Sunday Morning Inspiration

Sunday Morning Inspiration

April 19, 2009

By Kathy Pelton

Taking a Look at Abortion (Part 1) –

Several months ago Kit asked me if I would write a Sunday Morning Inspiration (or a series) on the subject of abortion. Thinking it would be a relatively simple assignment, I said I would. I have, however, been mulling it over for several months now, and have come to the conclusion that it’s not as simple an assignment as I thought. I have had trouble deciding just how and where to start. I have finally decided to divide the issue into at least five parts:

1. The Social Impact of Abortion

2. The Physical Impact of Abortion

3. The Emotional Impact of Abortion

4. The Moral Impact of Abortion

5. The Political Impact of Abortion

This week I will discuss some of the implications of abortion on our society. Please consider the following scenarios. As you ponder each one, please be very honest with your answers . . . they may surprise you.

1. There’s a preacher and wife who are very, very poor. They already have 14 kids. Now she finds out she’s pregnant with the 15th. They’re living in tremendous poverty. Considering their poverty and the excessive world population, would you consider recommending she get an abortion?

2. The father is sick with sniffles; the mother has tuberculosis. They have had four children. The first is blind, the second has died, the third is deaf, and the fourth has tuberculosis. She finds she’s pregnant again. Given the extreme situation, would you consider recommending abortion?

3. A white man raped a 13-year-old black girl and she got pregnant. If you were her parents, would you consider recommending abortion?

4. A teenage girl is pregnant. She’s not married. Her fiancé is not the father of the baby, and he’s very upset. Would you consider recommending abortion?

None of these scenarios is what we would consider an ideal situation. In all honesty, each would lend itself to thoughts of everyone involved being better off if the baby were not even born. The majority of people in our society today would probably at least consider, if not recommend, an abortion in each case. However, if you allow yourself to be sucked in by what seems to be the best, and maybe the easiest, solution to an obviously less-than-perfect situation, you would have killed four viable human beings. No big deal, you say? The world is over-populated anyway?

What if I told you that in the first case, you would have just killed John Wesley, one of the great evangelists in the 19th Century. In the second case, you would have killed Beethoven. In the third case, you would have killed Ethel Waters, the great black gospel singer. Finally, if you said “yes” to the fourth case, you would have just declared the murder of Jesus Christ!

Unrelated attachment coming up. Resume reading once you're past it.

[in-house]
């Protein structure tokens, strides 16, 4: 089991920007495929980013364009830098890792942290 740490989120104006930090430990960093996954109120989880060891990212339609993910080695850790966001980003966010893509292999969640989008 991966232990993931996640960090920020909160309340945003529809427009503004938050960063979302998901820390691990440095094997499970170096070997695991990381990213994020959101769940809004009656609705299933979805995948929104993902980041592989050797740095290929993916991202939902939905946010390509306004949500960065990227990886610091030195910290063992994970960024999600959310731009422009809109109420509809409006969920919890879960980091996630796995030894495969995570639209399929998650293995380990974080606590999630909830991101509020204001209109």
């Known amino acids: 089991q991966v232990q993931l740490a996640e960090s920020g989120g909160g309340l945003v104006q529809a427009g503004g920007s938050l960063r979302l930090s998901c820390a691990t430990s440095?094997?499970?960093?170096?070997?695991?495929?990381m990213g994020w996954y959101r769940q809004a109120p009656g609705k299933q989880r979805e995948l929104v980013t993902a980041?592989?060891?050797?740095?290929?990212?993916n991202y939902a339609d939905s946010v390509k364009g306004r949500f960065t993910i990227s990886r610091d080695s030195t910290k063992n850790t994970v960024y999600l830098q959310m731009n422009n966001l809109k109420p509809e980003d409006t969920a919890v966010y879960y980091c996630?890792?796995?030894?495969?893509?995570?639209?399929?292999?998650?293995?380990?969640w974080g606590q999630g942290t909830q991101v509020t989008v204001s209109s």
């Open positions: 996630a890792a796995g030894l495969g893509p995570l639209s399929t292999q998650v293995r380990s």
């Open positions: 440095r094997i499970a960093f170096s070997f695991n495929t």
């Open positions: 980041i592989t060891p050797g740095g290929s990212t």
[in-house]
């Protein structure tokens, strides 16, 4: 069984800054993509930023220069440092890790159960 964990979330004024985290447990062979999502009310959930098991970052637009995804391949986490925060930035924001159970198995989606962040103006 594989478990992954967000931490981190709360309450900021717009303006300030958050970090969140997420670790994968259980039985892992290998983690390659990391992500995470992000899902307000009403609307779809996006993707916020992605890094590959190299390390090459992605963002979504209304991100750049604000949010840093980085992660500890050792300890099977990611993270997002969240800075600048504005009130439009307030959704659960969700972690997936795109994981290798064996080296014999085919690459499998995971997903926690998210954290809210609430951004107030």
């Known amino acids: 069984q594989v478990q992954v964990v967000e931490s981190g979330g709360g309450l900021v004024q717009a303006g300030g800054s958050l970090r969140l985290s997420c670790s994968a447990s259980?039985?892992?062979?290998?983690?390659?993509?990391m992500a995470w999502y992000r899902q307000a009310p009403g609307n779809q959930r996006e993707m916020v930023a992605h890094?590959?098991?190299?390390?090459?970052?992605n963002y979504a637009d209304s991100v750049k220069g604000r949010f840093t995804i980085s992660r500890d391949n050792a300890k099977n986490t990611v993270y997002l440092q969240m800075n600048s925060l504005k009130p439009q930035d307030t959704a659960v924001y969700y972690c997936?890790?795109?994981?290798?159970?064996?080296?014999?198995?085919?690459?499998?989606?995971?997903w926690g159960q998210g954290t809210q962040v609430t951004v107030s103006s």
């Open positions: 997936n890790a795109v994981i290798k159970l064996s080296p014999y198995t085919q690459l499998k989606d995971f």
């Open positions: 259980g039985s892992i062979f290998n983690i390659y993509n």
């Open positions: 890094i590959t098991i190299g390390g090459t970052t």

Those are extreme examples, you say? How do you know? How can any of us know what purpose and plan God has for the tiny life snuggled safely in its mother’s womb? What if, among the more than 43 million babies aborted since 1973 was the little girl who would grow up to find a cure for cancer? What if some doctor somewhere purposely murdered the little boy who could have grown up to be a godly, intelligent, wise, discerning President of the United States today? The possibilities are endless and, yes, God can and may use others to do what those children might have done. But will He? If we purposely kill well over one million babies each year, should He?

The Bible is very clear that God has a plan and a purpose for each one of us. We would do well, I think, to honor each life that is created by Him . . . no matter how old or how young or how inconvenient it is.

“For you created my inmost being;

you knit me together in my

mother’s womb.

I praise you because I am fearfully

and wonderfully made;

your works are wonderful,

I know that full well.

My frame was not hidden from you

when I was made in the secret place.

When I was woven together in the

depths of the earth,

your eyes saw my unformed body.

All the days ordained for me

were written in your book

before one of them came to be.”

Psalm 139:13-16

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